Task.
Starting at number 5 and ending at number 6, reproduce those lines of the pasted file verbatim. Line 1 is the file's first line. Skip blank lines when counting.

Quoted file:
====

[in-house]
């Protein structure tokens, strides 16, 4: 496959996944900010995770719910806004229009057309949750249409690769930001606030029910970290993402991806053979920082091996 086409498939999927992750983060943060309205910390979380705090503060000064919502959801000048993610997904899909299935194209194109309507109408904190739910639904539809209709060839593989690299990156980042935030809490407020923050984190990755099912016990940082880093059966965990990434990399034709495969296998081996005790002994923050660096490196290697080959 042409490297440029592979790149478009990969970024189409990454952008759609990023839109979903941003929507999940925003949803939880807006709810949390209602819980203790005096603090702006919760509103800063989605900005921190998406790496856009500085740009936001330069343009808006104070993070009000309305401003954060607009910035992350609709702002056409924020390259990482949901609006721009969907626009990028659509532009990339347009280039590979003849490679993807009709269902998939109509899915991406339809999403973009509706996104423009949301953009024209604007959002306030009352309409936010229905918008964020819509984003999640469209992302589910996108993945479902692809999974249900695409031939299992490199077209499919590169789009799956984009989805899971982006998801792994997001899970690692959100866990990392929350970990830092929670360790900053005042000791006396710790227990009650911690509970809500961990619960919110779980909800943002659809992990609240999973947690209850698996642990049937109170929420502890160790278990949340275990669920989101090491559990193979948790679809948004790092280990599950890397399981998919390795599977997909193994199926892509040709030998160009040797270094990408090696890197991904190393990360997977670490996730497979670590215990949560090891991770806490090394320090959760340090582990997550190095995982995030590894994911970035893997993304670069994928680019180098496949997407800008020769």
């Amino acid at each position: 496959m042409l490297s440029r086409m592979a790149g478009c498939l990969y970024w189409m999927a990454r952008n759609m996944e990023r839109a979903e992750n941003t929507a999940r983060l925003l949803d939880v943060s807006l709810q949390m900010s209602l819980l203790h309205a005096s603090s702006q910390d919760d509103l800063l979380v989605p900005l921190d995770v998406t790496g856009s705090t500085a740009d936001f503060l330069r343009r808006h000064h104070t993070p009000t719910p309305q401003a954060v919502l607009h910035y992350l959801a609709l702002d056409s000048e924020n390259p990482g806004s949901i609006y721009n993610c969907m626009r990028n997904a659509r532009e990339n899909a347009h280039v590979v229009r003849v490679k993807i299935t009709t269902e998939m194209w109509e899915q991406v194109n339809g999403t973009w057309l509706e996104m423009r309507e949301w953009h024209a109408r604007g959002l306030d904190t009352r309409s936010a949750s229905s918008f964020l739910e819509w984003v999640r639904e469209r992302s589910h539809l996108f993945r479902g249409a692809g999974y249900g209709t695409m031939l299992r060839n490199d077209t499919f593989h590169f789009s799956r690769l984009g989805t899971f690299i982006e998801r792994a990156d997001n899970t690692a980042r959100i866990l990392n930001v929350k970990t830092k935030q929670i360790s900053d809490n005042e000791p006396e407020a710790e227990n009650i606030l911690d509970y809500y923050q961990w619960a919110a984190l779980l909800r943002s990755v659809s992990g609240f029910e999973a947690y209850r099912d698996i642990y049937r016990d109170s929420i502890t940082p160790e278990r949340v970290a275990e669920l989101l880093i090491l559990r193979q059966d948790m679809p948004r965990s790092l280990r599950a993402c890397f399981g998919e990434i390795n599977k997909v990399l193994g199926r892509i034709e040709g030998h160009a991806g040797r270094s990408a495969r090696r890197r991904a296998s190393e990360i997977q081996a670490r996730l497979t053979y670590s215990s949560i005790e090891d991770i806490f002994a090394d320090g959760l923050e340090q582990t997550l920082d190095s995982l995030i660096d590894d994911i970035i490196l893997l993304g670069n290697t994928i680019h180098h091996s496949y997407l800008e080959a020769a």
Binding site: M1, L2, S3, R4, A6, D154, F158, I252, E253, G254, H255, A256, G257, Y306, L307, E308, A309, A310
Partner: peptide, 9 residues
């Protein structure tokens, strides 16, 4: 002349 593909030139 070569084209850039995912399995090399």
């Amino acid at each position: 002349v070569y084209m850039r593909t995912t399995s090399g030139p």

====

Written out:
Partner: peptide, 9 residues
């Protein structure tokens, strides 16, 4: 002349 593909030139 070569084209850039995912399995090399």